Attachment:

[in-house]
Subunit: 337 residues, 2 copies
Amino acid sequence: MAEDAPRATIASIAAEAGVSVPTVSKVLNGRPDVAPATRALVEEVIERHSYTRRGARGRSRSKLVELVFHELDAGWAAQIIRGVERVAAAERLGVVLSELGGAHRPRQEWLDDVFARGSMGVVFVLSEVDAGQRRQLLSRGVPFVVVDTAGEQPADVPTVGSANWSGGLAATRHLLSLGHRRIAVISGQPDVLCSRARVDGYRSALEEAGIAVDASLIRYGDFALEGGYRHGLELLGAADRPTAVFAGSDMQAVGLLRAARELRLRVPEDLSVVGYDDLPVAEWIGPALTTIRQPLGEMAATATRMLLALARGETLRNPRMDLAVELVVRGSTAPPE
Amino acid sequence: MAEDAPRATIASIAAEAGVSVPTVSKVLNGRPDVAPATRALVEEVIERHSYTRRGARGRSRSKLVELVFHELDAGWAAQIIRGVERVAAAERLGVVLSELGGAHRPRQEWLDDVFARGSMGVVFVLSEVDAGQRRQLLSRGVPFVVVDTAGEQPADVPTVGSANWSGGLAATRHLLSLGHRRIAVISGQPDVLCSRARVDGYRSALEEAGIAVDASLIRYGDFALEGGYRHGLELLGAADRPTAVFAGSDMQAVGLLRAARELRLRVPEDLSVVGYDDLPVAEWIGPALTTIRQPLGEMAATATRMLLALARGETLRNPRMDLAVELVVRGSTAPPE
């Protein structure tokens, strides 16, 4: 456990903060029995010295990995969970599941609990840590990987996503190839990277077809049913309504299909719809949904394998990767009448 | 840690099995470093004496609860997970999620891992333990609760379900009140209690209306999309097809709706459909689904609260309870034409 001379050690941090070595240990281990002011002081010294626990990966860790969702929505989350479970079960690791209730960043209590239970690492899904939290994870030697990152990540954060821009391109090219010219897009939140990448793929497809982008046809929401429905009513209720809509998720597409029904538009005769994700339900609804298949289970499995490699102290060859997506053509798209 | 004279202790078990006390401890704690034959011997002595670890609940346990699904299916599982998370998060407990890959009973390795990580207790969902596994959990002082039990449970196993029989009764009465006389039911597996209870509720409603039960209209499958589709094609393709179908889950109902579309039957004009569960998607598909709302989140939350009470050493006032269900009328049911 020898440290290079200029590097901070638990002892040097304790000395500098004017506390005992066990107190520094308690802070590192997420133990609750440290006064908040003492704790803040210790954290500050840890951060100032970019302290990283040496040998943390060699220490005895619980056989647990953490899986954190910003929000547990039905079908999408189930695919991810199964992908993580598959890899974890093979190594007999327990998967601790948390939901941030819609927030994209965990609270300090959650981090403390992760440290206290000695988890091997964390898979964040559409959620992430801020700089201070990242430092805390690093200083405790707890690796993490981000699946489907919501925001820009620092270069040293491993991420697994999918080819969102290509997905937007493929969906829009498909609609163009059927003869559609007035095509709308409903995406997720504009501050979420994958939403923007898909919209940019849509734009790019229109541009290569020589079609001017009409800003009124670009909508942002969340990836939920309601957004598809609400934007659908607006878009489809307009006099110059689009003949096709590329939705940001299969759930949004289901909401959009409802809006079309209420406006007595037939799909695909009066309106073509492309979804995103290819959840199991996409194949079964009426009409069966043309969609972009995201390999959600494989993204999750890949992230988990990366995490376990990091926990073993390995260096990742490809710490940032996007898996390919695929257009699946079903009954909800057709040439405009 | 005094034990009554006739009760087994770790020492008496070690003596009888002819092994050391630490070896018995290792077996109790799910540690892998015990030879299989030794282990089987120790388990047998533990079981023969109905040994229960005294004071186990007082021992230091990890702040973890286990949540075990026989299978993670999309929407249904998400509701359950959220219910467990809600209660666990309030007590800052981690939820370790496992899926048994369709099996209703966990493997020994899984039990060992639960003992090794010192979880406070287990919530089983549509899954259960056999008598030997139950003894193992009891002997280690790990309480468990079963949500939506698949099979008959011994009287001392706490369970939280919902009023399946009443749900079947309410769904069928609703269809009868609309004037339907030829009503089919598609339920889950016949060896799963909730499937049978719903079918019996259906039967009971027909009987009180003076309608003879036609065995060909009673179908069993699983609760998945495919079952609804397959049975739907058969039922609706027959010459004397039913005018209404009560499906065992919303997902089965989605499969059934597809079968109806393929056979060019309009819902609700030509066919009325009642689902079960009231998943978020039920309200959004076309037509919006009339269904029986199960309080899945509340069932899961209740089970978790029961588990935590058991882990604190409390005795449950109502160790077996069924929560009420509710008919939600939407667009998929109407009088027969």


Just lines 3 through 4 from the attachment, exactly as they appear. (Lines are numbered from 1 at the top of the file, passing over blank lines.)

Amino acid sequence: MAEDAPRATIASIAAEAGVSVPTVSKVLNGRPDVAPATRALVEEVIERHSYTRRGARGRSRSKLVELVFHELDAGWAAQIIRGVERVAAAERLGVVLSELGGAHRPRQEWLDDVFARGSMGVVFVLSEVDAGQRRQLLSRGVPFVVVDTAGEQPADVPTVGSANWSGGLAATRHLLSLGHRRIAVISGQPDVLCSRARVDGYRSALEEAGIAVDASLIRYGDFALEGGYRHGLELLGAADRPTAVFAGSDMQAVGLLRAARELRLRVPEDLSVVGYDDLPVAEWIGPALTTIRQPLGEMAATATRMLLALARGETLRNPRMDLAVELVVRGSTAPPE
Amino acid sequence: MAEDAPRATIASIAAEAGVSVPTVSKVLNGRPDVAPATRALVEEVIERHSYTRRGARGRSRSKLVELVFHELDAGWAAQIIRGVERVAAAERLGVVLSELGGAHRPRQEWLDDVFARGSMGVVFVLSEVDAGQRRQLLSRGVPFVVVDTAGEQPADVPTVGSANWSGGLAATRHLLSLGHRRIAVISGQPDVLCSRARVDGYRSALEEAGIAVDASLIRYGDFALEGGYRHGLELLGAADRPTAVFAGSDMQAVGLLRAARELRLRVPEDLSVVGYDDLPVAEWIGPALTTIRQPLGEMAATATRMLLALARGETLRNPRMDLAVELVVRGSTAPPE